Since its inception in the late 19th century, the grounds and buildings of the University of New Hampshire have developed into a quintessential New England college campus setting. Because the campus plays an essential role in successfully attracting quality students and faculty, the collegiate character and spirit of the campus must be preserved and enhanced through our commitment to sustainable design and construction. Primary building projects – from small retrofits to major renovation and construction – are expected to produce facilities that will serve the University for a century or more. As new facilities are created and existing ones renovated, we are inclined to avoid risks, always striving to have long term stewardship of the campus be our guide. The overall goals to achieve this vision are:
- Buildings must be made of enduring materials, systems and components that require minimal maintenance. Components should be readily available and use common methods for replacement.
- Designs must be responsive to the needs and functional requirements of the University as a whole, as well as specific users.
- Designs must strive for construction that provides the greatest long-term value for the money spent, not necessarily the least expensive solution. Selection of materials, quality of workmanship, and attention to detail will reflect that.
- Designs must provide a safe, healthful, accessible environment, complying with or exceeding all applicable codes and regulations.
- Designs must strive to use energy-efficient systems and components, building upon the successes the University has achieved in energy efficiency.
- Designs must make efficient and appropriate use of the limited campus land available for development.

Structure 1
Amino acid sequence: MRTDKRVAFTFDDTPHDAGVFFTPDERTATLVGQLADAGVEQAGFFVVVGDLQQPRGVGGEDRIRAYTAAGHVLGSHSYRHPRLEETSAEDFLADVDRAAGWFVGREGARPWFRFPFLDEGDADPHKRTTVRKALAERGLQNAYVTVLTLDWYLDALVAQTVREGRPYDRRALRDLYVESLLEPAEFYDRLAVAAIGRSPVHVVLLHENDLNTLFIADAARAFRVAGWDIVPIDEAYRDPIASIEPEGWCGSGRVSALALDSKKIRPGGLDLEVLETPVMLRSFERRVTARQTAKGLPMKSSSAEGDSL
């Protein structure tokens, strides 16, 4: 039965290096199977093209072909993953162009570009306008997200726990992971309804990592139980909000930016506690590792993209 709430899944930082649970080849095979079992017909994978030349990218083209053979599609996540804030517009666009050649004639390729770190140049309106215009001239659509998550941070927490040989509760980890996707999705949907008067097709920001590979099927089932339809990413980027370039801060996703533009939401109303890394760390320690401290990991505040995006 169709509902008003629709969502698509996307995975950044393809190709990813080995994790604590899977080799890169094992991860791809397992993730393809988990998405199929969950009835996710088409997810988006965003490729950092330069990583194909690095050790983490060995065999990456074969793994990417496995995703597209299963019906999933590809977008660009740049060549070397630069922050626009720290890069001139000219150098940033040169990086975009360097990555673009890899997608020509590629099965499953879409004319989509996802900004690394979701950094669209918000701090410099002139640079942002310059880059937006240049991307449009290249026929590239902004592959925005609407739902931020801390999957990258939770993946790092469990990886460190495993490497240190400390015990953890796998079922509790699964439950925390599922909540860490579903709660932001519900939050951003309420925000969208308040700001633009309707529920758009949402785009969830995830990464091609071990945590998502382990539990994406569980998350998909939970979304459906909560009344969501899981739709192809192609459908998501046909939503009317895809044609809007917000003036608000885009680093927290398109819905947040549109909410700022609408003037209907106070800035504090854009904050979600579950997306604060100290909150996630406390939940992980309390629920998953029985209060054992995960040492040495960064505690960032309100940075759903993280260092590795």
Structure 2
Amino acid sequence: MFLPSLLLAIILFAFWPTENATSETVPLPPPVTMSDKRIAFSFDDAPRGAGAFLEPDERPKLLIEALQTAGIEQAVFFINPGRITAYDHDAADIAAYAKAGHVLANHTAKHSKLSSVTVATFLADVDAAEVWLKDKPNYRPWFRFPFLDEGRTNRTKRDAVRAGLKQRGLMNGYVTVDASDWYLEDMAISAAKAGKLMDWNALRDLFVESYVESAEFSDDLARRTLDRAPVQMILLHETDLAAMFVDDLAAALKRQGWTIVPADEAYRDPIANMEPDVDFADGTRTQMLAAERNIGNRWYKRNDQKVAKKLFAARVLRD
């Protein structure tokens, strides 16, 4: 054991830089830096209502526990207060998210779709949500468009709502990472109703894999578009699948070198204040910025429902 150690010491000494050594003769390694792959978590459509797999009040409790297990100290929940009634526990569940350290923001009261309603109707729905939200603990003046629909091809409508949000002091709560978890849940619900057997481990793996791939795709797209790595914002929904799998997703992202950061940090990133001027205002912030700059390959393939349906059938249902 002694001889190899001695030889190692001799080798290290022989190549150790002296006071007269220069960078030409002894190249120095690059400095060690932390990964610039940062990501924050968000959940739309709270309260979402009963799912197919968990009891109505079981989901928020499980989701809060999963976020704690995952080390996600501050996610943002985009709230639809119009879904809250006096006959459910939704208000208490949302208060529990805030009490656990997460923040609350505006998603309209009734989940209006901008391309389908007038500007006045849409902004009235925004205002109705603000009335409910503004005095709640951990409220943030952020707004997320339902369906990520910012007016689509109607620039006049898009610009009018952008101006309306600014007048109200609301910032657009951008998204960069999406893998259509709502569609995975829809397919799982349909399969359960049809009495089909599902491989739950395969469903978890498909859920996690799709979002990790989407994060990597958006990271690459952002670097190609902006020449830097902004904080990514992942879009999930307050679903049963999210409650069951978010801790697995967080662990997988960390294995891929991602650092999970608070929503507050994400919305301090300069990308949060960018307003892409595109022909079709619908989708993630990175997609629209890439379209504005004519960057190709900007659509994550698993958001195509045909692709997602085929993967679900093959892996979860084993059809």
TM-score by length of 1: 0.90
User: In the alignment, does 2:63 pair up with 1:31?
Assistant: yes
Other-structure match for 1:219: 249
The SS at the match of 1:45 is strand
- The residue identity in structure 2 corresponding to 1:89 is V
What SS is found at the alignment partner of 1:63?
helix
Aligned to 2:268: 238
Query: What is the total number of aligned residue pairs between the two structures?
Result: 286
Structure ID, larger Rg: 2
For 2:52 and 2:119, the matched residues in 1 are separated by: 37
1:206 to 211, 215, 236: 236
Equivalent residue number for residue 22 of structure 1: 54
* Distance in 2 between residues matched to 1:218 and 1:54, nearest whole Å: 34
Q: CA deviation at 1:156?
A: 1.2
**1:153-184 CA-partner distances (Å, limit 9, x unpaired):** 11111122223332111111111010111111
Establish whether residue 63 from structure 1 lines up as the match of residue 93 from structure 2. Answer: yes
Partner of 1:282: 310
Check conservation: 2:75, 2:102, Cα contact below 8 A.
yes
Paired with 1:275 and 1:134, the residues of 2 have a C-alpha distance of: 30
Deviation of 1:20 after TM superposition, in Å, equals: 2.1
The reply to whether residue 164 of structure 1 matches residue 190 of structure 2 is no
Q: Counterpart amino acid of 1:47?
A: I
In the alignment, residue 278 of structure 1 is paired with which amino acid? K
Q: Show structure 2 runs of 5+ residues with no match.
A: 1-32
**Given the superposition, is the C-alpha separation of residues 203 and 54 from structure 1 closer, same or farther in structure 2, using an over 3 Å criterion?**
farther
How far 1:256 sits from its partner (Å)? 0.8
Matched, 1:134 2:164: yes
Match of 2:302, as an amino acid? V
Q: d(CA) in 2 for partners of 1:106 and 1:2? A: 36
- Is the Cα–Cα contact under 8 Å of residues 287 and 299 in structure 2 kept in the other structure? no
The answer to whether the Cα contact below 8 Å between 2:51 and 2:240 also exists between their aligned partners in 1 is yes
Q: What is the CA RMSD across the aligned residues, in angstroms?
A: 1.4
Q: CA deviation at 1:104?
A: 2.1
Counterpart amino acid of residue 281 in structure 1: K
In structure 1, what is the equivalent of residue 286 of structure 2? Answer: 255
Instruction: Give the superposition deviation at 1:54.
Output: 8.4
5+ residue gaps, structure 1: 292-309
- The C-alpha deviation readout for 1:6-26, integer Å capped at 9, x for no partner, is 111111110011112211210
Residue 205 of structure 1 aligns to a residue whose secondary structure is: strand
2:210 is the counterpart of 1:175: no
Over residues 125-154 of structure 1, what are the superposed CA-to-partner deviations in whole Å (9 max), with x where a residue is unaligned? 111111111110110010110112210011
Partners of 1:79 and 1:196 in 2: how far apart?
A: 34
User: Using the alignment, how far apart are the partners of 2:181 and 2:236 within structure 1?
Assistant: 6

- Designs will carefully consider the impact to the environment, not only within the campus, but where materials are acquired from and disposed to, and the energy used in the process.
- Designs must be adaptable over time to changes in the function and operation of the building. Our buildings will serve many generations, not just current personalities.
- All of this must be accomplished while pursuing designs that are distinguished and timeless. The physical image of the University is critical to the recruitment of students and faculty members; therefore, designs must be responsive to the sense of history and place.
- All elements of the campus should help form a memorable environment with lively places for chance encounters and spaces that have feelings of collegiality. These aspirations apply to the interior and exterior of buildings, and to the campus grounds.
Sustainable design is the only option for entities like colleges and universities, where there is a campus with its own set of traditions that build and renovate facilities that won’t be sold off, that will need to be operated and maintained efficiently for a very long time, within a larger setting that needs to be safe, healthful, and attractive. Enduring, Efficient, Effective, Adaptable, Engaging and Meaningful are the principles that must guide every project. For the University of New Hampshire this is overlaid by our culture of New England frugality, using every resource to its greatest extent, looking for the best long term value, and being cautious with building experiments that may not hold up over the long life of a building.